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Fine Lines & Wrinkles: How to Get Rid of Them

7 Anti-Aging Products Dermatologists Swear By

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Fine Lines & Wrinkles: How to Get Rid of Them
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The number one question I get these days from women over 35 is what lotions and moisturizers they can buy to fix sagging skin, diminish fine lines and brighten a dull complexion. While lasers, Botox, fillers, face lifts and liposuction work best to turn back the hands of time (see Hollywood's Secrets to Youthful Skin) there are creams and peels available to those of us not ready or able to go under the knife or the needle.

But all of this anti-aging stuff can prove overwhelming. The industry is bigger than ever and the marketing tactics are more questionable than ever. You simply cannot trust the claims most brands make about fixing wrinkles and tightening a jawline. But some ingredients and products do have a track record of results. The key is knowing which ones are worth the buy. Here, I outline the 7 anti-aging products dermatologists recommend.

Moisturizer

Dry skin leads to wrinkles, at least according to a study by Greg Hillebrand, PhD, of P&G Beauty and Science, and reported in Elle Magazine. "Hillebrand's study found that having dry skin more than doubles the rate at which lines will develop. That means a 28-year-old with dry skin will have a 52-percent increase in wrinkles by the time she's 36, whereas a woman of the same age with a well-hydrated dermis will show only a 22-percent increase," writes April Long in the October, 2010 issue of Elle.

No matter your age, it's important to keep skin moisturized. Moisturizers have the temporary effect of plumping up the skin and the longer-lasting effect of keeping skin supple and less prone to the inevitable etching in of lines.

See my list of the best moisturizers by skin type and price tag.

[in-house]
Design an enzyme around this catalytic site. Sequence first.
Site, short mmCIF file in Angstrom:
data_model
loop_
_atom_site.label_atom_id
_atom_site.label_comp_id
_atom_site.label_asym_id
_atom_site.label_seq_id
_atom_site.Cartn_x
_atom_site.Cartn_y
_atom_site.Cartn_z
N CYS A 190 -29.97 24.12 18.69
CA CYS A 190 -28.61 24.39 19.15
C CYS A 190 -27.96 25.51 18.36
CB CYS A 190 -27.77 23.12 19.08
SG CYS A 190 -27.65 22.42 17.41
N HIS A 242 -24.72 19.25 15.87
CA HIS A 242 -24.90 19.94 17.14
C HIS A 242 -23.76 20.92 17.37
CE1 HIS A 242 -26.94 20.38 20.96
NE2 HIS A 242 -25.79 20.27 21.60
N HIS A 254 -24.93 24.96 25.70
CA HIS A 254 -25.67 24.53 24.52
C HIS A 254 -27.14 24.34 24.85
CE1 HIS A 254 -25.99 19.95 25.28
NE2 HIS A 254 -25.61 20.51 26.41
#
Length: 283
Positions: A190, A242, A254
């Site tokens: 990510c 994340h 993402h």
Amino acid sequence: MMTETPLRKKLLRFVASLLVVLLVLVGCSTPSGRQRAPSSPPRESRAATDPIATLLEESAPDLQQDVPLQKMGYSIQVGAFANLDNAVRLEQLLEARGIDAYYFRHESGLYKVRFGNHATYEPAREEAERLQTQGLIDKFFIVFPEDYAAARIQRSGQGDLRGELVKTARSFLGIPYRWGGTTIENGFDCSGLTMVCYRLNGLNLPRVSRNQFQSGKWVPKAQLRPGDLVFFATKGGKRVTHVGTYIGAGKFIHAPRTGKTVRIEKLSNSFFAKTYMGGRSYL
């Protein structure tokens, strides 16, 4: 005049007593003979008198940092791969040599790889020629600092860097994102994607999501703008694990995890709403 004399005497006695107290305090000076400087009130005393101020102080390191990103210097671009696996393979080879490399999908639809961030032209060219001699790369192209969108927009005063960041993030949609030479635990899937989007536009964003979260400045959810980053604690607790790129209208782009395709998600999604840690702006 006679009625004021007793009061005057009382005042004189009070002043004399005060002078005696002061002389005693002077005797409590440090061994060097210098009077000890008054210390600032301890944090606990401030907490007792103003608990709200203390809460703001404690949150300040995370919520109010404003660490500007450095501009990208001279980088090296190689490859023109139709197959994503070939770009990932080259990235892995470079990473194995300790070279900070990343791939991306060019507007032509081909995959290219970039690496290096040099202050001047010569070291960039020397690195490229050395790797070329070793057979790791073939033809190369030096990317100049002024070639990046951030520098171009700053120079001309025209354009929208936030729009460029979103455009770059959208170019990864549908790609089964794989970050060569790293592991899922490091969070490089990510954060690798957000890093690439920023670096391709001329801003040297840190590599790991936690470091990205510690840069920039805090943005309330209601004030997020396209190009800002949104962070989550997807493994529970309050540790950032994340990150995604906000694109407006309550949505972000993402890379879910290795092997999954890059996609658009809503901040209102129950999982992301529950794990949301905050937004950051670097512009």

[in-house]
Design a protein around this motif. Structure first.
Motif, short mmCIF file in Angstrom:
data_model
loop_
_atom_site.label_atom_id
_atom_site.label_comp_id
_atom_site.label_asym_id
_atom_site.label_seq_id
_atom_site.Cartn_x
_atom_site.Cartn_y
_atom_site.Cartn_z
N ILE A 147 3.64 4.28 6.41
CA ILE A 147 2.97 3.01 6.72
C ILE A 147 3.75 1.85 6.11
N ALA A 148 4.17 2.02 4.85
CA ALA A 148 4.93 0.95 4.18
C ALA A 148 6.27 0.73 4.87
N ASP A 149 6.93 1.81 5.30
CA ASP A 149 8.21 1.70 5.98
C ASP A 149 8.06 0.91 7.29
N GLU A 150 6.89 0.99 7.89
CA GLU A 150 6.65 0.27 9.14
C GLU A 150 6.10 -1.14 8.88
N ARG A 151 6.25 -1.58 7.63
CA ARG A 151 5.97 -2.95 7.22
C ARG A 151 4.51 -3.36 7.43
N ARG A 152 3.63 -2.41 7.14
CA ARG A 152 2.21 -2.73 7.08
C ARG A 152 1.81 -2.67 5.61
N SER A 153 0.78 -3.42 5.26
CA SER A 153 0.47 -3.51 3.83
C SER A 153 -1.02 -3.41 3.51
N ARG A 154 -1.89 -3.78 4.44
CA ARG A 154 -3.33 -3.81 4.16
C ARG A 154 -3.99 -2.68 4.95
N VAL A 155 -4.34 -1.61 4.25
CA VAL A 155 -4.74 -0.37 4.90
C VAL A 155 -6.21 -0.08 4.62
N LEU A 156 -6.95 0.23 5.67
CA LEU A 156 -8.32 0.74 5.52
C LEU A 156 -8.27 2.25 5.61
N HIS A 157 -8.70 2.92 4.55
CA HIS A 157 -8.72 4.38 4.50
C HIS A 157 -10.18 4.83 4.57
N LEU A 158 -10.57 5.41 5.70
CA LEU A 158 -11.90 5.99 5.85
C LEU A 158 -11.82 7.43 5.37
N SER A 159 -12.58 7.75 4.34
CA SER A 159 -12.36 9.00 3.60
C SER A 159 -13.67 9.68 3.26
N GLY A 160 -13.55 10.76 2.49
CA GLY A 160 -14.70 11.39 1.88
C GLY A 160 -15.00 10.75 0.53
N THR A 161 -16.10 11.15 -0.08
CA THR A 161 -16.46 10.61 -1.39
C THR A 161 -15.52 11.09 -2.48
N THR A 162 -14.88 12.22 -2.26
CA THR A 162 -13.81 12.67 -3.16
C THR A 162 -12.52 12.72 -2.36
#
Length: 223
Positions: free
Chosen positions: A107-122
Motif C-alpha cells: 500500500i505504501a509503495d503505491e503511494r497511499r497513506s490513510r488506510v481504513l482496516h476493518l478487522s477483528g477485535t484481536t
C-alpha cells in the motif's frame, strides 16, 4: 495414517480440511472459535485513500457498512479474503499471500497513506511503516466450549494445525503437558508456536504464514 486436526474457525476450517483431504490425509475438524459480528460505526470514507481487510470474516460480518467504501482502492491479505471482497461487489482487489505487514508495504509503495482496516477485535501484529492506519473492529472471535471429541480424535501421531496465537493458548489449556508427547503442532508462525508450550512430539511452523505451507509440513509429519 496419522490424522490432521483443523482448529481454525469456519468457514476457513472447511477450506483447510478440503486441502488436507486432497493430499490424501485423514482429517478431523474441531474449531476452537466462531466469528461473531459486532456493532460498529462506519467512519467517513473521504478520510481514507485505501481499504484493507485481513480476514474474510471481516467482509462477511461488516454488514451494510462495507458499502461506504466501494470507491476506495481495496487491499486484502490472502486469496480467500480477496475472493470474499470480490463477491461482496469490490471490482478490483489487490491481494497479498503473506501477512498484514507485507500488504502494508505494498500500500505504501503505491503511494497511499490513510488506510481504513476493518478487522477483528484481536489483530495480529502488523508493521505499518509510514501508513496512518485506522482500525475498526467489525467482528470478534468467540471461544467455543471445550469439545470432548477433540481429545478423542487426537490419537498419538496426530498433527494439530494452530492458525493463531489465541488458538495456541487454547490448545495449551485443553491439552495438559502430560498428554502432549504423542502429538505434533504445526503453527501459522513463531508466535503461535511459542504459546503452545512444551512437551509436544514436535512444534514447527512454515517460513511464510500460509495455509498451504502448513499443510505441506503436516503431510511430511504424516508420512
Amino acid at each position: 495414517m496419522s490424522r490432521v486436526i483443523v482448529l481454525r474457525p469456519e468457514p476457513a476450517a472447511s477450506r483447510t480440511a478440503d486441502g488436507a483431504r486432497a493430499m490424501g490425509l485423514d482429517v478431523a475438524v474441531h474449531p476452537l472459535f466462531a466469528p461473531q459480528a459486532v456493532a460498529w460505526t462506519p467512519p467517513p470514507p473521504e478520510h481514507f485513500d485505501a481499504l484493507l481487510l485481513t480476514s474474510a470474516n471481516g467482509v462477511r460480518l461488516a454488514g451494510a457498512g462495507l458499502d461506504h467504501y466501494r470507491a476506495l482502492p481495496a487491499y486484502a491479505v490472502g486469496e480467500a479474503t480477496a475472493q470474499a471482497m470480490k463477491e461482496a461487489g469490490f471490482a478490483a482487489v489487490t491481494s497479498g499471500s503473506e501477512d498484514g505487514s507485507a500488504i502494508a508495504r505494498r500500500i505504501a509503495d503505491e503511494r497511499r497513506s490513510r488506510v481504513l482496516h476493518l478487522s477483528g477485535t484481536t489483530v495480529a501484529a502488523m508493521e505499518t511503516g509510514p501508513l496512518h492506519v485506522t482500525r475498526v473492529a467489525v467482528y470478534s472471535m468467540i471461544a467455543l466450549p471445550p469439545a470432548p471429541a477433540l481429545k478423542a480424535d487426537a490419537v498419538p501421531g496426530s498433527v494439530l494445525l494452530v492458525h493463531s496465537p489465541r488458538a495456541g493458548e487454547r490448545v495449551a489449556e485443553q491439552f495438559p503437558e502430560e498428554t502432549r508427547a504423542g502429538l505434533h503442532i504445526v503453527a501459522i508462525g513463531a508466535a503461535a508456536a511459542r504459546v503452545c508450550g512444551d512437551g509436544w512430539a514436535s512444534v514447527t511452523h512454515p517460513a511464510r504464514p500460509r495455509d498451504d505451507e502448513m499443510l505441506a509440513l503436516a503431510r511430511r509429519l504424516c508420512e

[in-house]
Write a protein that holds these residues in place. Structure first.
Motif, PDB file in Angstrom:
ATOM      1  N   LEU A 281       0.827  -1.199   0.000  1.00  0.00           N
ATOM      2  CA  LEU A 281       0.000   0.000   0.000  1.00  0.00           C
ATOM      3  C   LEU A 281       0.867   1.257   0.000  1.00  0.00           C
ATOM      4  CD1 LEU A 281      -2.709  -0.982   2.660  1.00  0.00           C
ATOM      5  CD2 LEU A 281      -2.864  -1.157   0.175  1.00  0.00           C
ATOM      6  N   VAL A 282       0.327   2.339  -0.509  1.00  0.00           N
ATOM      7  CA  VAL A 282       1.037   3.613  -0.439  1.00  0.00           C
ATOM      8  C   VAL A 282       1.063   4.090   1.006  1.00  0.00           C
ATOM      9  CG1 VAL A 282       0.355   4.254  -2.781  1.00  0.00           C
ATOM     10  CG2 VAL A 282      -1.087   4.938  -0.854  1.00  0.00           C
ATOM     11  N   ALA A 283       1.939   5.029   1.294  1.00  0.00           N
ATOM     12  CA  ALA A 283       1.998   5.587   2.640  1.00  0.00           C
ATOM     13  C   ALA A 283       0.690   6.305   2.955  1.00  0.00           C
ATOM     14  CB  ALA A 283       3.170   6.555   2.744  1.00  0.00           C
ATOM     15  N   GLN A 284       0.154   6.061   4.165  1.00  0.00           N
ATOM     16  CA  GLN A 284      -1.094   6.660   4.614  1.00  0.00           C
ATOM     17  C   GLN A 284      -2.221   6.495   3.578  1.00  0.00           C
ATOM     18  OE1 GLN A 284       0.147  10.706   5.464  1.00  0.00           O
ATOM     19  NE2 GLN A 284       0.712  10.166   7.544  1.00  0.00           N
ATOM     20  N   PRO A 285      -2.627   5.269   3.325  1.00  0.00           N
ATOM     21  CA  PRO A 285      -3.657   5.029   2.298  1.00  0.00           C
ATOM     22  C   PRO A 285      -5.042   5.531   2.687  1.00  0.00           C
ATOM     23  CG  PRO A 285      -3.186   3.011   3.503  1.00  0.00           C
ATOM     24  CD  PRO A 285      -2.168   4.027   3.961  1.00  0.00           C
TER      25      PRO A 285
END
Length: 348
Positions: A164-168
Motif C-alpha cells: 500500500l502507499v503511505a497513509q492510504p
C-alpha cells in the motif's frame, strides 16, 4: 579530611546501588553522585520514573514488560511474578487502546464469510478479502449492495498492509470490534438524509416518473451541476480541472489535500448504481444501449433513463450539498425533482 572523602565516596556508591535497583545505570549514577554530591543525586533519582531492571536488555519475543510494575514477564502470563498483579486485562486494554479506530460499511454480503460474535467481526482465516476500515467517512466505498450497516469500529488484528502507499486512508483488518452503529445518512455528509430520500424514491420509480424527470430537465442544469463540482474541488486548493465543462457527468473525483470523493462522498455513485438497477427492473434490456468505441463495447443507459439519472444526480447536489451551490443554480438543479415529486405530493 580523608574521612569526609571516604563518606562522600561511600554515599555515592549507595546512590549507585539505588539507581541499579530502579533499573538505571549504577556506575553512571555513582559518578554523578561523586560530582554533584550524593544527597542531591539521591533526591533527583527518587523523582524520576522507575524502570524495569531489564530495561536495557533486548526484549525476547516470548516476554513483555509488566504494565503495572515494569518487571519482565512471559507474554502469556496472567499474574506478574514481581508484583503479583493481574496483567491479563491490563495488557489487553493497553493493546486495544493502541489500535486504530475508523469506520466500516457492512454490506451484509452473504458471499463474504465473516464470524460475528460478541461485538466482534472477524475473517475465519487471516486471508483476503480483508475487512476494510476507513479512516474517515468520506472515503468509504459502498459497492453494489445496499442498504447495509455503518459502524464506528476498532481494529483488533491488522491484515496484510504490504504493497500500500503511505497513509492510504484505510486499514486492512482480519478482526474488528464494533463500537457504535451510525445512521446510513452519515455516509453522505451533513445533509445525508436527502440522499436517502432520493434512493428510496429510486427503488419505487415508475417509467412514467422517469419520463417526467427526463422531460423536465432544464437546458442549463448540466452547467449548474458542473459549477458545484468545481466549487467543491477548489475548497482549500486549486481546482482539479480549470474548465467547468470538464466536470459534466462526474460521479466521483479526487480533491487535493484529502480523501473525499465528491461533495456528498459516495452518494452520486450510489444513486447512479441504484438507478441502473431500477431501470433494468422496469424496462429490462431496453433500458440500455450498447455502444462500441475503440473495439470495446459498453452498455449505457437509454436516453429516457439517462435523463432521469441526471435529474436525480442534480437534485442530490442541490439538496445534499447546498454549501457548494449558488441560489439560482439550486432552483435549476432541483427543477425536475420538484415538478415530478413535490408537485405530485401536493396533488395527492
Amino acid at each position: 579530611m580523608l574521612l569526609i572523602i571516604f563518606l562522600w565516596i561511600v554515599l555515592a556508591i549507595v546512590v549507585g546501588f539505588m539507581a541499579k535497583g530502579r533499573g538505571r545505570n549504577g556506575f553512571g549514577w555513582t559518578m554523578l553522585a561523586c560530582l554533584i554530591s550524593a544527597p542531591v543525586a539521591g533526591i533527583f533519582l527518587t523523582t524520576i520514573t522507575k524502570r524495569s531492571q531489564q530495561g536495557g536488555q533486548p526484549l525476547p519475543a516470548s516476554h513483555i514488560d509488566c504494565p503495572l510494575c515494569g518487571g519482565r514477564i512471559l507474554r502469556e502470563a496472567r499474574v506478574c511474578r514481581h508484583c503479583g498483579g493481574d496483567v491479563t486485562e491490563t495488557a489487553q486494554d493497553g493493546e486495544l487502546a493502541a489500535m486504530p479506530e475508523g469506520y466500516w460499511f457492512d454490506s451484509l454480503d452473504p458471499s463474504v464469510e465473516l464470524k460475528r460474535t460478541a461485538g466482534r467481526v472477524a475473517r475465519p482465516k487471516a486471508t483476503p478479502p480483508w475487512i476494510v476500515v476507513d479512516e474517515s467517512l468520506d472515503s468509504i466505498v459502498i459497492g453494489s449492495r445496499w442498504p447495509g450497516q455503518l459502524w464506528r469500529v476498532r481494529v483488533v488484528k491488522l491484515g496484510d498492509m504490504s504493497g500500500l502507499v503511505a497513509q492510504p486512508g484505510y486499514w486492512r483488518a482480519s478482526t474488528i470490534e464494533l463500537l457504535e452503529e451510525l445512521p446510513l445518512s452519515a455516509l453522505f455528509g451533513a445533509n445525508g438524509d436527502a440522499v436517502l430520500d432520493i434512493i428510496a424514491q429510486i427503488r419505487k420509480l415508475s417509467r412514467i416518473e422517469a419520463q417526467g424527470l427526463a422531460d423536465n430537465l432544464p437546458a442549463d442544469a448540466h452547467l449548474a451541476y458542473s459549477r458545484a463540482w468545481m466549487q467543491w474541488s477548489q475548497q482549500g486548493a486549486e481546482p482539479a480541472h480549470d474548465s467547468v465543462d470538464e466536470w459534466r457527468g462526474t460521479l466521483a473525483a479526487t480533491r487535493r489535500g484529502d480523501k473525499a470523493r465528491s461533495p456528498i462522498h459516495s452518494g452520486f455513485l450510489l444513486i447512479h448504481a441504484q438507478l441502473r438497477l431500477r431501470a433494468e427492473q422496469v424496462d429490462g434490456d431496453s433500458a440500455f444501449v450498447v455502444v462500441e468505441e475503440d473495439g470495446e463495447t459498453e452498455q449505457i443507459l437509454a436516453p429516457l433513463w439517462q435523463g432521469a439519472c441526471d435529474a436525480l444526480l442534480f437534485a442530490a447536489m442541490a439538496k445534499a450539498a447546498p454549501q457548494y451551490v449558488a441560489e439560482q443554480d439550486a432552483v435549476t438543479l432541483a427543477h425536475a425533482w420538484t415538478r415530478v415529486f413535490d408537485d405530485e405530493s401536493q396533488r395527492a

Retinoids

I've done a ton of research on anti-aging products and what I've found is that dermatologists agree on one thing: The only anti-ager on the market that has proven again and again to reduce fine lines and wrinkles are retinoids (think Retin-A and Renova), which work by increasing cell turnover deep within the dermis.

"I never recommend any of the other expensive products out there claiming to do this," says Dermatologist Maryann Mikhail of Spring Street Dermatology in Manhattan.

I've been using Retin-A on my skin for years. I noticed results within a couple weeks and I get regular compliments on my skin tone. My dermatologist, Dr. David Colbert, even told me on a recent visit that I have "great skin." Used nightly (or every other night), retinoids stimulate collagen renewal and prevent skin cells from breaking down. They also keep fine lines from turning into deeper furrows.

Retinoids come in a large range of strength. The most powerful punch comes from prescription retinoids such as Retin-A and Renova. You can buy these over-the-counter outside of the US, but in the US, you need a prescription and insurance typically won't cover anti-aging products. The good news is you can buy over-the-counter retinoid products, which are milder than prescription-strength formulas. Try RoC Retinol Correxion Max Wrinkle Resurfacing System (buy it online) or Neutrogena Rapid Wrinkle Repair Night Moisturizer (buy it online).

Retinoids can be irritating to skin. The key to usage is to not give up when your skin shows its first signs of redness and peeling. See How to Use Retin-A & Other Retinoids Safely.

Alpha-hydroxy Acids

As we age, our skin tends to become thinner, drier and dull. Alpha-hydroxy acids (AHAs) work as exfoliants, helping break down dead, dry skin and leaving skin looking brighter and more dewy. Studies also show AHAs may increase the thickness of skin. They come in the form of topical creams and chemical peels and the most common AHAs are made from food products. According to Wikipedia, these include glycolic acid (from sugar cane), lactic acid (from sour milk), malic acid (from apples), citric acid (from citrus fruits) and tartaric acid (from grape wine).